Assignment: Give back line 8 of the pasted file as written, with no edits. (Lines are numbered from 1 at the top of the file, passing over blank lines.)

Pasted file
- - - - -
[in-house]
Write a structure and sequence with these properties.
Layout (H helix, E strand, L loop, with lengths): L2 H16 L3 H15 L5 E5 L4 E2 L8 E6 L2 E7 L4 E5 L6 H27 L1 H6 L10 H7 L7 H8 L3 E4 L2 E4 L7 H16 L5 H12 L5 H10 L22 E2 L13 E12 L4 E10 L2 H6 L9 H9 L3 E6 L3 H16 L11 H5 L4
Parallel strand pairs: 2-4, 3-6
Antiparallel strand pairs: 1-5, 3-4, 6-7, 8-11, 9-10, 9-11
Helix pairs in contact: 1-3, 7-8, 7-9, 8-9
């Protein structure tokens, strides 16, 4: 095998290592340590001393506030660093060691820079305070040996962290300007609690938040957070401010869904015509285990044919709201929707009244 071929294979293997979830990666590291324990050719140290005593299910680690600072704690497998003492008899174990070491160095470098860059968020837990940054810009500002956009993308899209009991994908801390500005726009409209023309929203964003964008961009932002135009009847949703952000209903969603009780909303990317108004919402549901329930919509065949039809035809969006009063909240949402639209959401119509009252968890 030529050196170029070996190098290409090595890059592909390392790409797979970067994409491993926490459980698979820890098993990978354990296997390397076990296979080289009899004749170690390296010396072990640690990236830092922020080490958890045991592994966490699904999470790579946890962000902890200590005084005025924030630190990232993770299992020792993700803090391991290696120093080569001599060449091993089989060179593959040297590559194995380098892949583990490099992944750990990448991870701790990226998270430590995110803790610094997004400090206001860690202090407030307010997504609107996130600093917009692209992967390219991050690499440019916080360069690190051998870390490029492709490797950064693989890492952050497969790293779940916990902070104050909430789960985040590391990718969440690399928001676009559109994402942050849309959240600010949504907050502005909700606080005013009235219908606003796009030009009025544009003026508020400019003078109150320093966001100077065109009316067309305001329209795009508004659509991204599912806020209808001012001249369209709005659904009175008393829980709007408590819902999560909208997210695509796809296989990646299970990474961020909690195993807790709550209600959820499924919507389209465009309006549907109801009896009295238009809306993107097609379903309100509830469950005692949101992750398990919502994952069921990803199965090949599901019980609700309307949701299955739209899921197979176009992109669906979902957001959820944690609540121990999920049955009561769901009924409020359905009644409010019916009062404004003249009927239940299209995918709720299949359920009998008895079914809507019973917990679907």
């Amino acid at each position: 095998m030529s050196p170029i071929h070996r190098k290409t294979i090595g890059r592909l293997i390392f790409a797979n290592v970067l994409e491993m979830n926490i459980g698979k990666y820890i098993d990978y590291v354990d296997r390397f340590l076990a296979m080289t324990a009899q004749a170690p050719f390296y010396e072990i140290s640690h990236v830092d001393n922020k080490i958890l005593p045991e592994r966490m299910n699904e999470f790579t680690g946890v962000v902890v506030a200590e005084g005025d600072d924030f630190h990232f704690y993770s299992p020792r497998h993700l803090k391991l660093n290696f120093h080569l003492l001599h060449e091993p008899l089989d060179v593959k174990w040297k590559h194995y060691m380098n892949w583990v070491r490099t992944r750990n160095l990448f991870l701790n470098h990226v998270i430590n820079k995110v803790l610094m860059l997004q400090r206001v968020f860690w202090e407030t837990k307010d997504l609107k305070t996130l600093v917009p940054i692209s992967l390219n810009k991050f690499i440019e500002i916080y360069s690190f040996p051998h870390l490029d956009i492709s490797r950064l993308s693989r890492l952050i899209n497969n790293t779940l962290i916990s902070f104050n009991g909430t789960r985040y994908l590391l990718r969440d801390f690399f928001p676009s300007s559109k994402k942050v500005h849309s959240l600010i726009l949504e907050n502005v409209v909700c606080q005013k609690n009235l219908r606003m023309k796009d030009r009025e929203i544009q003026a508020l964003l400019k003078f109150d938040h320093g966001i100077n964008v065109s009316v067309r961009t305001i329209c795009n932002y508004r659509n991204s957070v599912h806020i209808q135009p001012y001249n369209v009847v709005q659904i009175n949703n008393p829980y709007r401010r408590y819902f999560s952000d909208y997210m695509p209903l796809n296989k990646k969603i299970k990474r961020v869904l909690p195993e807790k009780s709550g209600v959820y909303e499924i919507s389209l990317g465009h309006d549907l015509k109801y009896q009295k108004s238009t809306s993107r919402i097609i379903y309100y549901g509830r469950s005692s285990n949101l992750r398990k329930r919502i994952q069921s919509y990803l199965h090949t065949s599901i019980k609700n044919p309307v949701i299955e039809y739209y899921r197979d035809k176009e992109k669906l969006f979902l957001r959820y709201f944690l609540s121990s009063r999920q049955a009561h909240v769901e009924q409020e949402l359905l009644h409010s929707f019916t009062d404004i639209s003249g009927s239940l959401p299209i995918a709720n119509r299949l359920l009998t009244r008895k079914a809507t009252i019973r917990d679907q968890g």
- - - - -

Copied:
């Amino acid at each position: 095998m030529s050196p170029i071929h070996r190098k290409t294979i090595g890059r592909l293997i390392f790409a797979n290592v970067l994409e491993m979830n926490i459980g698979k990666y820890i098993d990978y590291v354990d296997r390397f340590l076990a296979m080289t324990a009899q004749a170690p050719f390296y010396e072990i140290s640690h990236v830092d001393n922020k080490i958890l005593p045991e592994r966490m299910n699904e999470f790579t680690g946890v962000v902890v506030a200590e005084g005025d600072d924030f630190h990232f704690y993770s299992p020792r497998h993700l803090k391991l660093n290696f120093h080569l003492l001599h060449e091993p008899l089989d060179v593959k174990w040297k590559h194995y060691m380098n892949w583990v070491r490099t992944r750990n160095l990448f991870l701790n470098h990226v998270i430590n820079k995110v803790l610094m860059l997004q400090r206001v968020f860690w202090e407030t837990k307010d997504l609107k305070t996130l600093v917009p940054i692209s992967l390219n810009k991050f690499i440019e500002i916080y360069s690190f040996p051998h870390l490029d956009i492709s490797r950064l993308s693989r890492l952050i899209n497969n790293t779940l962290i916990s902070f104050n009991g909430t789960r985040y994908l590391l990718r969440d801390f690399f928001p676009s300007s559109k994402k942050v500005h849309s959240l600010i726009l949504e907050n502005v409209v909700c606080q005013k609690n009235l219908r606003m023309k796009d030009r009025e929203i544009q003026a508020l964003l400019k003078f109150d938040h320093g966001i100077n964008v065109s009316v067309r961009t305001i329209c795009n932002y508004r659509n991204s957070v599912h806020i209808q135009p001012y001249n369209v009847v709005q659904i009175n949703n008393p829980y709007r401010r408590y819902f999560s952000d909208y997210m695509p209903l796809n296989k990646k969603i299970k990474r961020v869904l909690p195993e807790k009780s709550g209600v959820y909303e499924i919507s389209l990317g465009h309006d549907l015509k109801y009896q009295k108004s238009t809306s993107r919402i097609i379903y309100y549901g509830r469950s005692s285990n949101l992750r398990k329930r919502i994952q069921s919509y990803l199965h090949t065949s599901i019980k609700n044919p309307v949701i299955e039809y739209y899921r197979d035809k176009e992109k669906l969006f979902l957001r959820y709201f944690l609540s121990s009063r999920q049955a009561h909240v769901e009924q409020e949402l359905l009644h409010s929707f019916t009062d404004i639209s003249g009927s239940l959401p299209i995918a709720n119509r299949l359920l009998t009244r008895k079914a809507t009252i019973r917990d679907q968890g």